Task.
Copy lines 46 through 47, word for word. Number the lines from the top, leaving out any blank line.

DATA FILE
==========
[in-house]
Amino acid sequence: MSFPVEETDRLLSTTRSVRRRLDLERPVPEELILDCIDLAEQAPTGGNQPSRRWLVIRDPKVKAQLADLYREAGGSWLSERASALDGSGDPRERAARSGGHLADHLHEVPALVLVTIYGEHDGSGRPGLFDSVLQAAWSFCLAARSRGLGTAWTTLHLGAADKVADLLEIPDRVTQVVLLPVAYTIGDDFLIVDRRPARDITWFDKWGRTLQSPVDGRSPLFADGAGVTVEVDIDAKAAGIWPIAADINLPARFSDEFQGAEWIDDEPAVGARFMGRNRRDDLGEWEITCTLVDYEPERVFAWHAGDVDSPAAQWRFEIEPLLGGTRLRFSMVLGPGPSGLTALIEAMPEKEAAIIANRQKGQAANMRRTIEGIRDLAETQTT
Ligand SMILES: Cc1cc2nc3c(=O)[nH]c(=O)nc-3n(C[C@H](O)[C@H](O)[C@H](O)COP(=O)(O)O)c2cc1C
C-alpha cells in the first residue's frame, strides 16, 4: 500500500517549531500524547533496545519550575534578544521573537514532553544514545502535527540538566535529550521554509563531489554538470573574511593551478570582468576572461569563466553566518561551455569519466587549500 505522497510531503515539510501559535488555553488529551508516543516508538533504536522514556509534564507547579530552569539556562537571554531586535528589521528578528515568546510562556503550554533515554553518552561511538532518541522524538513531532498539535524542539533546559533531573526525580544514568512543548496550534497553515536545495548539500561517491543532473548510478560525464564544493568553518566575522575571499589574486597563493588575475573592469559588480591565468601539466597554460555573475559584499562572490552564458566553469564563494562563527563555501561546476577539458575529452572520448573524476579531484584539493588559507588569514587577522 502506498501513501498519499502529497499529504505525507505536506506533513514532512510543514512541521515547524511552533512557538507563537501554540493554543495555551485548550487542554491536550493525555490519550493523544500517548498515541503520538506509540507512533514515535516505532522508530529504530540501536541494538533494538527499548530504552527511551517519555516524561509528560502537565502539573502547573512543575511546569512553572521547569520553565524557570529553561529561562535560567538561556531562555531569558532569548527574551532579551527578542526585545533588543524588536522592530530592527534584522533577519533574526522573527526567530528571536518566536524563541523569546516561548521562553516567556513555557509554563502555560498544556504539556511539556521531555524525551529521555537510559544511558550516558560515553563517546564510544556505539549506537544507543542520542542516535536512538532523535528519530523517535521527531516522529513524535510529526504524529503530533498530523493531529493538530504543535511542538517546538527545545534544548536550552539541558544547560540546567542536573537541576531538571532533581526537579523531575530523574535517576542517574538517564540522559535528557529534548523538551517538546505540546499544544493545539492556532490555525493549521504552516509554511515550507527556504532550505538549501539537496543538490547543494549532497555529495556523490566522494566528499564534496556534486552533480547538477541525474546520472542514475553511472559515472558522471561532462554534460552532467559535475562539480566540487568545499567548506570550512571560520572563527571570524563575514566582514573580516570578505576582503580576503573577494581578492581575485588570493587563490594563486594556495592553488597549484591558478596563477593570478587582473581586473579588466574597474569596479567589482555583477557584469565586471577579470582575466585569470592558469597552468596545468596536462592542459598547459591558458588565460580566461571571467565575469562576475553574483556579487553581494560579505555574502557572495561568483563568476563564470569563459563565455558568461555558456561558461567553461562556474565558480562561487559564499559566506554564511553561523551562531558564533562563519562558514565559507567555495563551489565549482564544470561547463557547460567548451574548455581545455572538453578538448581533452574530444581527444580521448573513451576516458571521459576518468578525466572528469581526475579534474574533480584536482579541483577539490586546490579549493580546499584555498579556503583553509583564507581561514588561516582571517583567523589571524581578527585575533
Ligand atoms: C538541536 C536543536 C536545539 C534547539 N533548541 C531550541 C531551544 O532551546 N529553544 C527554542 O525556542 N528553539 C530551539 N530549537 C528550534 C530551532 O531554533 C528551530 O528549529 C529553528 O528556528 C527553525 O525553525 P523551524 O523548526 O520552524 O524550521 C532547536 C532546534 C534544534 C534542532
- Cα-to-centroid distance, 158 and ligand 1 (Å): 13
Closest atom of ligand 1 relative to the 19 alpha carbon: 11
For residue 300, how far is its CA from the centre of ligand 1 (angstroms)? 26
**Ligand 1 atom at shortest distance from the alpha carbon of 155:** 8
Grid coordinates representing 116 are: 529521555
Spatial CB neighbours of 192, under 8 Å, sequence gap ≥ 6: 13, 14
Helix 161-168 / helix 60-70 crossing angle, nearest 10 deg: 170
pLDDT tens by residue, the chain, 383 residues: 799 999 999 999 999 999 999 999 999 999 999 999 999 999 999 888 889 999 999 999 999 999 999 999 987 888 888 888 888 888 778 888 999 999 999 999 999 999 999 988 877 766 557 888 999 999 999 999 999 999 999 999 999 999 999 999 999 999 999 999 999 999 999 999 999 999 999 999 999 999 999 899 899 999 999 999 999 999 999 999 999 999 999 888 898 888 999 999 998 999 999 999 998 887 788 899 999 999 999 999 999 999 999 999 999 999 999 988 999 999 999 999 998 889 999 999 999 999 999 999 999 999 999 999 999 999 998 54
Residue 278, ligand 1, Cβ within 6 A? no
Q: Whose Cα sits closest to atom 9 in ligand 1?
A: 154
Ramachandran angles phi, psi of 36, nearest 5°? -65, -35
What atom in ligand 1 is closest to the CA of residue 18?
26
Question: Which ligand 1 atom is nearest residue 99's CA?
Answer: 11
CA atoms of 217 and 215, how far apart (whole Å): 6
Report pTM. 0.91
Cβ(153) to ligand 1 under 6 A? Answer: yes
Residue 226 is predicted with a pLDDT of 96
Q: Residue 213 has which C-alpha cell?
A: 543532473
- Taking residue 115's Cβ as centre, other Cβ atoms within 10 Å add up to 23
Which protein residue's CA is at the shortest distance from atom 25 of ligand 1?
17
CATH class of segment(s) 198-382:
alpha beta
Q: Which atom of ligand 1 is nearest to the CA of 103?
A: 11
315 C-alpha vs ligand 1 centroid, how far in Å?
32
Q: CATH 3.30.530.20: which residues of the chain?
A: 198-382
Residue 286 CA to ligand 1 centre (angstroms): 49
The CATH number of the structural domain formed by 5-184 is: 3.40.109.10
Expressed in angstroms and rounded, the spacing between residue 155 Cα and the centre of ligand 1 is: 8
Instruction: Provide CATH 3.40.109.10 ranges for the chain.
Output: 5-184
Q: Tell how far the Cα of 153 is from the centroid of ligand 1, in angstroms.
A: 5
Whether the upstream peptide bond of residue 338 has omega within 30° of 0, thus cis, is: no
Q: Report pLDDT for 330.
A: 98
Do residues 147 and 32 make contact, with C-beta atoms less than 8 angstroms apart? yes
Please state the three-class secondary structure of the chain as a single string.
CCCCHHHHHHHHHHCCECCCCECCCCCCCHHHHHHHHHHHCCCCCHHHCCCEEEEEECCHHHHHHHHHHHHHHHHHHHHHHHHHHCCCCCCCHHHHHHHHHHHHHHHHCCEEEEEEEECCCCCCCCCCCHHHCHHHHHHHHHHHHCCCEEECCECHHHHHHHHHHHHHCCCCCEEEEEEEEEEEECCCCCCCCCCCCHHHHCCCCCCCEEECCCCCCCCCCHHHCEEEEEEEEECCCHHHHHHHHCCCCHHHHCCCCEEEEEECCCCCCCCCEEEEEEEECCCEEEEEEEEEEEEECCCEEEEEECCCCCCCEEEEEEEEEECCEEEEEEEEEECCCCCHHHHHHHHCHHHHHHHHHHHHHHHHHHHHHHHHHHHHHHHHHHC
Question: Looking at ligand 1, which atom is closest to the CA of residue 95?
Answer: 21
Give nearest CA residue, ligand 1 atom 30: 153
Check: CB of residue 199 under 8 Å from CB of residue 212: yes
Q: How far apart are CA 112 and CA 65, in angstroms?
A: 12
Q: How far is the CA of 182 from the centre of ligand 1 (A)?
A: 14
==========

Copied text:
Whether the upstream peptide bond of residue 338 has omega within 30° of 0, thus cis, is: no
Q: Report pLDDT for 330.